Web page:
4. Ease of use.
    Although Microsoft Windows takes quite a long time to install, the upside is that it requires minimal user intervention. As for Linux, it depends on the distribution. For example, Ubuntu, Linux Mint, Puppy Linux are considered to be quite simple and undemanding versions. But at the same time, there are others that are more difficult to run.
  5. Compatibility.
    Windows has always been and continues to be superior to Linux in this regard. The OS perfectly supports outdated software, so users don't have to worry about this. As for Linux, there are no problems with the support of standard hardware (monitor, mouse, keyboard, USB flash drives, etc.). But with a printer, scanner, or multifunctional device, things can be more complicated, because not all peripherals are designed to work in Linux.
  6. Security.
    In this aspect, Microsoft Windows is more vulnerable to infection by malicious viruses and more prone to attacks. By the way, at the beginning of its existence, this OS had no built-in security features at all. Linux is also not immune to attacks, but in the hands of professionals, serious threats are minimized. It is thanks to its security that Linux has gained popularity in the IT community.
  7. Support.
    Users of a licensed Windows operating system receive paid professional support, as well as access to easy-to-understand documentation. While Linux users usually seek help from websites and forums where they share information with each other.
  8. Privacy.
    Linux users should not fear for the confidentiality of personal data, including in case of theft of the device. But there is a question about Windows: this system actively monitors the actions of its users during work (visited sites, pressing keyboard buttons, mouse movements, etc.), and also stores huge amounts of personal information and it is not known with whom it is shared.
  9. License.
    You can download basic software using Linux for free: the cost of distribution depends on the support. While each licensed copy of Windows costs about $200, which is not affordable for all users.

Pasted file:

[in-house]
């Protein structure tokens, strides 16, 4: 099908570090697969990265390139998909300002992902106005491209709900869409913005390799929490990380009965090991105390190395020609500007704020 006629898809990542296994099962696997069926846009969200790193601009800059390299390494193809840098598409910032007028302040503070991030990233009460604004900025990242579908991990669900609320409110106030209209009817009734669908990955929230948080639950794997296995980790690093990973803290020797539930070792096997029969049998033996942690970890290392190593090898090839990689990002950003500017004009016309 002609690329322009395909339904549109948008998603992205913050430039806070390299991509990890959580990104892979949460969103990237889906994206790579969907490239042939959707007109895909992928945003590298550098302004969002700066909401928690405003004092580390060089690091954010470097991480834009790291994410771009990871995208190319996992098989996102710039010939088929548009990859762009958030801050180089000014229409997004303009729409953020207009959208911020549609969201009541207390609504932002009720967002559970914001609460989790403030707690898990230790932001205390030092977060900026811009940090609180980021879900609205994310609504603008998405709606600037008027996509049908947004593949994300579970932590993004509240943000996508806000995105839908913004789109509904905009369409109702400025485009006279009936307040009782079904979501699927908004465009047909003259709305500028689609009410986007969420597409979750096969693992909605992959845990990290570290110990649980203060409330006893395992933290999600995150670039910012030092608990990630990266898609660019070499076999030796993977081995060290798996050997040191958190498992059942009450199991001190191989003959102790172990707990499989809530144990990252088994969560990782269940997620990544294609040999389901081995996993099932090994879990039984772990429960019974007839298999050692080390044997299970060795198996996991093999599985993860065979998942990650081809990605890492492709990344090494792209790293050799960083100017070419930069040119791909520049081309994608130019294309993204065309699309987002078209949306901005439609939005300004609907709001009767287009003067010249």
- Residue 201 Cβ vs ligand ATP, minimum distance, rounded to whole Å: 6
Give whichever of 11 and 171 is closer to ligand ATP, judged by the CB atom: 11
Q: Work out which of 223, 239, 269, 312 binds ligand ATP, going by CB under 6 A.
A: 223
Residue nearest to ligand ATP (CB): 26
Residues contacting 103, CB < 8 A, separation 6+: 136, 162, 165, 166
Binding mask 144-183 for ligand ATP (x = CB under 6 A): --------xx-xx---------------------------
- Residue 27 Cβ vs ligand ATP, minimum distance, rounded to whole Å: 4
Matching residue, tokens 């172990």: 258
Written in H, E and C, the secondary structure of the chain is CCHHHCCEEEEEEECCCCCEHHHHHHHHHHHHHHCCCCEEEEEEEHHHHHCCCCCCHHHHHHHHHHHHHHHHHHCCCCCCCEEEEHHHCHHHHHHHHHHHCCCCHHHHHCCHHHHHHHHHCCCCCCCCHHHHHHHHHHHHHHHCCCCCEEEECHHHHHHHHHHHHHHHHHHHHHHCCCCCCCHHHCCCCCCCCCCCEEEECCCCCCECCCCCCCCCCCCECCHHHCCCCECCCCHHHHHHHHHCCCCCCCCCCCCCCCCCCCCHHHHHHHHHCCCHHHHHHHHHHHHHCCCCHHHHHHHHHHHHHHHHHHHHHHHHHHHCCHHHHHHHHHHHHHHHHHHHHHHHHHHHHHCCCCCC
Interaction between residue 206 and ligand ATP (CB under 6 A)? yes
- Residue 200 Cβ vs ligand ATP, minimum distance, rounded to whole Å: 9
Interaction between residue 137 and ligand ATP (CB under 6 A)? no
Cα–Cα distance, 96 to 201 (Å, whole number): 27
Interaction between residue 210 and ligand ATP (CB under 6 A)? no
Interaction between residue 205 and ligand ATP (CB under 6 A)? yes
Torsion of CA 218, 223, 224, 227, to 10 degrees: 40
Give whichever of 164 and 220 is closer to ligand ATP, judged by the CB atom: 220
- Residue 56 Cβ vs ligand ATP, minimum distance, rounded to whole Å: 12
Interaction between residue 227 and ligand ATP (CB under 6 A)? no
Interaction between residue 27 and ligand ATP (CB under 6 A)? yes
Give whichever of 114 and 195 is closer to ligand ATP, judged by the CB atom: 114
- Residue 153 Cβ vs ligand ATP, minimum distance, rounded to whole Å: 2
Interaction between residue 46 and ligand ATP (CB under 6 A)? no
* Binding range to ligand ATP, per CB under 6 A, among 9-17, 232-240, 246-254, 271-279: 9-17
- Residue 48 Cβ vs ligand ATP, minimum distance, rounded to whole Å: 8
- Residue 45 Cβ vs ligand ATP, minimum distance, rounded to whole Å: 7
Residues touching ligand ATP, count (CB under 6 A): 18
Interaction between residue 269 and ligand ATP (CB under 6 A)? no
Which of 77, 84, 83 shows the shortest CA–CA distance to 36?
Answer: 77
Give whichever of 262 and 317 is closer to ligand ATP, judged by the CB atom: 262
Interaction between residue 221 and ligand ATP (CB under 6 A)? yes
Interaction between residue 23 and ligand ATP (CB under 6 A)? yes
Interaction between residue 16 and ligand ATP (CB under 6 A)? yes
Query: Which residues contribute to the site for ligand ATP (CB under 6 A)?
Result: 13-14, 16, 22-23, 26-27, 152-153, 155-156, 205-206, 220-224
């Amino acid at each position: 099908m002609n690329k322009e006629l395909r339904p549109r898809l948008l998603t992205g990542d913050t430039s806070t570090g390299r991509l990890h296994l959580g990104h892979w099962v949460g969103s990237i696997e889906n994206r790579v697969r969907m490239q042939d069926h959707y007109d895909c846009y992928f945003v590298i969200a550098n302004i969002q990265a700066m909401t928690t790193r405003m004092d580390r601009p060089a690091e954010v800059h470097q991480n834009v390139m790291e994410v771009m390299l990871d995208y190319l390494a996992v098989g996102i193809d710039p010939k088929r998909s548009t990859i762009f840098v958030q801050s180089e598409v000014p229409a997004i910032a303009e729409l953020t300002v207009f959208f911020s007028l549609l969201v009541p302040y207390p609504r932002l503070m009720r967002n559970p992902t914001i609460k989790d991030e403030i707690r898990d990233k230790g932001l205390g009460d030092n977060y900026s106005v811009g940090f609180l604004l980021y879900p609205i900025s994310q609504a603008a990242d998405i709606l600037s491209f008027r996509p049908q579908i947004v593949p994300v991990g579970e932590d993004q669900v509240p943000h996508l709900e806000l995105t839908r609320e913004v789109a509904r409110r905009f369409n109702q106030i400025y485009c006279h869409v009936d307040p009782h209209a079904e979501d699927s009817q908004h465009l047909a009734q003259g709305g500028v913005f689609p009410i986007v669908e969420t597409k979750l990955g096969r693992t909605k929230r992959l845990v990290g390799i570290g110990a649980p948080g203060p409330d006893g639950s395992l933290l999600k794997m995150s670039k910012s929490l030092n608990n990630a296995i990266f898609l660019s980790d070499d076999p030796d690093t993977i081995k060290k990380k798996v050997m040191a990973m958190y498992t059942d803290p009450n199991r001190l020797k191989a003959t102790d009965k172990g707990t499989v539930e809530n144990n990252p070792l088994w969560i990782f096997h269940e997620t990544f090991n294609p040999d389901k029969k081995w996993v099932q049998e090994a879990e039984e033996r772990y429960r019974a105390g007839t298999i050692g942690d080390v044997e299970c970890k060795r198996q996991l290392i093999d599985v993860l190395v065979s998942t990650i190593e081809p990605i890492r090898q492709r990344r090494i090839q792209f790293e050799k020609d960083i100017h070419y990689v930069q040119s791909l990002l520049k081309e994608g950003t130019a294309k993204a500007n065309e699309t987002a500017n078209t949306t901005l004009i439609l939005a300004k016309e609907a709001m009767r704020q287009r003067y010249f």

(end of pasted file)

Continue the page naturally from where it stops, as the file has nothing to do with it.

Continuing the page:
10. Reliability.
    Working on Microsoft Windows, you have more chances to face the need to install the system through possible system failures or slowdowns. What can not be said about Linux, which is able to work like clockwork for a longer period of time.

What is the best operating system to choose?

The answer to this question depends on who the OS is chosen for.

The main purpose of Linux is server applications. Therefore, servers of large enterprises and corporations are more likely to run on this OS, while ordinary users are more accustomed to choose Windows. One of the strong advantages of Windows is the ASP.NET web application platform, the latest version of which is compatible with Linux. Among the advantages of Linux: support for collaboration, built-in function for remote administration, low hardware requirements.

For small businesses, small online stores, Linux is likely to be more difficult to use than Windows. In the U.S., for example, it is necessary to take into account the company's regulatory requirements for the use of a particular operating system: it must be best suited for the performance of work tasks.

Linux has proven to work well with professionals. This is due to the variety of open source tools that are suitable for software development, IoT devices, network administration and other technology-related work. Some distributions are designed specifically for professionals in their field (e.g., NixOS), some are created for office tasks (Ubuntu).

Microsoft Windows is not suitable as a multi-user system. But it supports a large number of third-party programs, has an intuitive interface and guaranteed long-term support. All of this appeals to novice and casual users.

The popularity of Windows among regular users is due to the fact that, thanks to Microsoft's license agreement with PC manufacturers, many of the latter bundle the operating system with their products.